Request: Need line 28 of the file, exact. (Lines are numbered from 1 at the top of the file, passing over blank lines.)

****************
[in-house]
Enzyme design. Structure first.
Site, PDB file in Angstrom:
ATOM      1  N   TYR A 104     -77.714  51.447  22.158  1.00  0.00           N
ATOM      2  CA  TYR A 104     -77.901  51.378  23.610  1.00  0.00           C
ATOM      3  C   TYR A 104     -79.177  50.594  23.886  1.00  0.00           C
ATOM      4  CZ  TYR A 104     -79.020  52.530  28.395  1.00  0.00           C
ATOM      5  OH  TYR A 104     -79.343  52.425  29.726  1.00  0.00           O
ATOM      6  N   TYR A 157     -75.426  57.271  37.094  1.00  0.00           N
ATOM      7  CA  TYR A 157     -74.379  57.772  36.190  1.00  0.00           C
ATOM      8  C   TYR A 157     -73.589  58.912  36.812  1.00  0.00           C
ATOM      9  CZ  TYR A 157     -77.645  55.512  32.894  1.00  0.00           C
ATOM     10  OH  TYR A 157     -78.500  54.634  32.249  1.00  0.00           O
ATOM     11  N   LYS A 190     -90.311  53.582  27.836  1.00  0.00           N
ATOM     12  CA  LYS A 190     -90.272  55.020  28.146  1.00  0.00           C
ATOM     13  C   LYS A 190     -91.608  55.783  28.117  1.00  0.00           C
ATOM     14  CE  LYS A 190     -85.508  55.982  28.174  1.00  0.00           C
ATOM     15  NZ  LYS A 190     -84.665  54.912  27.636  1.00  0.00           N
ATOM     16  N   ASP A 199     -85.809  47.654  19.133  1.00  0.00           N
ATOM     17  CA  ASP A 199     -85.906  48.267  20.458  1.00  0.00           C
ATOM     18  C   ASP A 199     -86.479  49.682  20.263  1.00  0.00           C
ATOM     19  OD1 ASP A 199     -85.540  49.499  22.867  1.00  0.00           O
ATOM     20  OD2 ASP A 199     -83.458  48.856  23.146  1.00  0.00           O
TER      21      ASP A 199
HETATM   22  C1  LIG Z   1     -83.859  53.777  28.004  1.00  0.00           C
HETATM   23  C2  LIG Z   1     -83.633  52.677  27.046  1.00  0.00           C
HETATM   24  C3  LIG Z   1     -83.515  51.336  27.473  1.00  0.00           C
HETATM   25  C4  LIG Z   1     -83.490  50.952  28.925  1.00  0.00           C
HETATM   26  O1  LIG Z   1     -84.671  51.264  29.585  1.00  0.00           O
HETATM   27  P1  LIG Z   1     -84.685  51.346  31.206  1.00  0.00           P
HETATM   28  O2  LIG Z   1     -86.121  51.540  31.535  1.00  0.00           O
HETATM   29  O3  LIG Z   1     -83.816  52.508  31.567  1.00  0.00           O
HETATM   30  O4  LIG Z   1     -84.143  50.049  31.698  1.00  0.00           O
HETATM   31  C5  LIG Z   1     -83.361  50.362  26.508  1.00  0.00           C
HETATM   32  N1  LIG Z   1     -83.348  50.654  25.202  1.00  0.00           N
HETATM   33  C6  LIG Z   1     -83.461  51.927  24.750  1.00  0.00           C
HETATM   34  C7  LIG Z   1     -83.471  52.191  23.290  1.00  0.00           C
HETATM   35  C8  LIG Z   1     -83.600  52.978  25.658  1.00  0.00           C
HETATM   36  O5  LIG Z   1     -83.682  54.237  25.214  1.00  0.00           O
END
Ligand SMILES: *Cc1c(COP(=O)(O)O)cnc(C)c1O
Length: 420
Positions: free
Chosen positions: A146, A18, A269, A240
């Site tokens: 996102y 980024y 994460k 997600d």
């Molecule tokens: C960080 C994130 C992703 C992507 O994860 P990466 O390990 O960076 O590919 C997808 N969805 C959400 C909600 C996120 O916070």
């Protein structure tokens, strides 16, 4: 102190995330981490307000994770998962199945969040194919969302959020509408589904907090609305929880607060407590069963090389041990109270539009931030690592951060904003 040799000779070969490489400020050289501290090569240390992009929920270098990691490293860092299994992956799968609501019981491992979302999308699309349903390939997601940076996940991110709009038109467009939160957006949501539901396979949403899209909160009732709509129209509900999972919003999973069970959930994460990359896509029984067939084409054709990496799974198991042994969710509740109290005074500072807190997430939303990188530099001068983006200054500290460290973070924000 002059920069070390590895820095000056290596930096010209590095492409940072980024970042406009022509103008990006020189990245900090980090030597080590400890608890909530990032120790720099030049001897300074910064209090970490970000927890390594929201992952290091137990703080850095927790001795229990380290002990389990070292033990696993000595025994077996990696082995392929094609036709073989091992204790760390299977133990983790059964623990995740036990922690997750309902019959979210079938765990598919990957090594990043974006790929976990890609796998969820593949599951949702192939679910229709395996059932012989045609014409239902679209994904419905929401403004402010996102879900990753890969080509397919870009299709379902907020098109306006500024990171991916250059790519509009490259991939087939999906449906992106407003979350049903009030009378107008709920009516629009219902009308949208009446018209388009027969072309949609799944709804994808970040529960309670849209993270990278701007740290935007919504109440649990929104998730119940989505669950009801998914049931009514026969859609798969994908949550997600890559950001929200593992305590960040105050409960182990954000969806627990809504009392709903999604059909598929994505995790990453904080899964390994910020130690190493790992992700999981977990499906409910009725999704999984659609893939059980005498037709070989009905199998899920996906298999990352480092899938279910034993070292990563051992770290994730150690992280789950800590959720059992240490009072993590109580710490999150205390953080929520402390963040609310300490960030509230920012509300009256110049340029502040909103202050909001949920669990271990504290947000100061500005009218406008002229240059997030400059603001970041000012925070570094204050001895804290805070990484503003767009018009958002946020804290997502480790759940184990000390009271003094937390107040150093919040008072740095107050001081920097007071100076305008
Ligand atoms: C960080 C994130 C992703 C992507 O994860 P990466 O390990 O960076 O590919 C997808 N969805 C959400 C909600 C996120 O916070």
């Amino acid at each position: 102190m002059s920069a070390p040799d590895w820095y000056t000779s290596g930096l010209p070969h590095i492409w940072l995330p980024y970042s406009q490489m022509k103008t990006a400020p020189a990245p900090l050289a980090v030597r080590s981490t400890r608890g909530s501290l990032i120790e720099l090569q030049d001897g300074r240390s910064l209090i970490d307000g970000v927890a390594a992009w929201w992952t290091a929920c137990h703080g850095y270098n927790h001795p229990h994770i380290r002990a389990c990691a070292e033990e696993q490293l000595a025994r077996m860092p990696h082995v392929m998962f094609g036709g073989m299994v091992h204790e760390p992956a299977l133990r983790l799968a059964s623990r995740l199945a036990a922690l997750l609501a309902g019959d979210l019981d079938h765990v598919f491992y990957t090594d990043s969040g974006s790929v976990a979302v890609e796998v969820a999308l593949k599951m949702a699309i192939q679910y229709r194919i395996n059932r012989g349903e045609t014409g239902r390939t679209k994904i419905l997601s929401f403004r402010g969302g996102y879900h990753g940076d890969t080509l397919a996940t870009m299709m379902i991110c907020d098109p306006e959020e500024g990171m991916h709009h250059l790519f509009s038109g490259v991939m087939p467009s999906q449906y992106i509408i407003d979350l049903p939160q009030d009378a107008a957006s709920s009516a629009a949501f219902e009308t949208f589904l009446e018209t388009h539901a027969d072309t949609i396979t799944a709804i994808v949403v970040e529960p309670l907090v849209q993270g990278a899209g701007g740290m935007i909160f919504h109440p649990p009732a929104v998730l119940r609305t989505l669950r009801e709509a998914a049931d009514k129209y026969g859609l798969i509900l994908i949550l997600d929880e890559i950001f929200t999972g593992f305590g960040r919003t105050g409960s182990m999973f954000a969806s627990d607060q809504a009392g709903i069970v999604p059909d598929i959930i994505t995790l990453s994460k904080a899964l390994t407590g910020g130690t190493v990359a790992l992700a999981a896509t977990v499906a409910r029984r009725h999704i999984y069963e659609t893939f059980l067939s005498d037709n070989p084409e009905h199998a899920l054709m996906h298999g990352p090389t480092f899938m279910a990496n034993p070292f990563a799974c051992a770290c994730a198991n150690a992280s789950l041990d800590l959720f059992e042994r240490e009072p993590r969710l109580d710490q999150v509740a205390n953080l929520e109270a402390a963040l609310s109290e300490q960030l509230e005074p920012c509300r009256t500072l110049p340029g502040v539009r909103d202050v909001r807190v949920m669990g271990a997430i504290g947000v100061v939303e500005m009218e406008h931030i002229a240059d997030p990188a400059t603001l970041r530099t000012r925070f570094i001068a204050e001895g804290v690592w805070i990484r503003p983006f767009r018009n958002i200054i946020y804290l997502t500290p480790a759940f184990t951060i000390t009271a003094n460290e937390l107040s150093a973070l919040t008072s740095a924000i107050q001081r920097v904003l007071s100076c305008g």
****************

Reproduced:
HETATM   25  C4  LIG Z   1     -83.490  50.952  28.925  1.00  0.00           C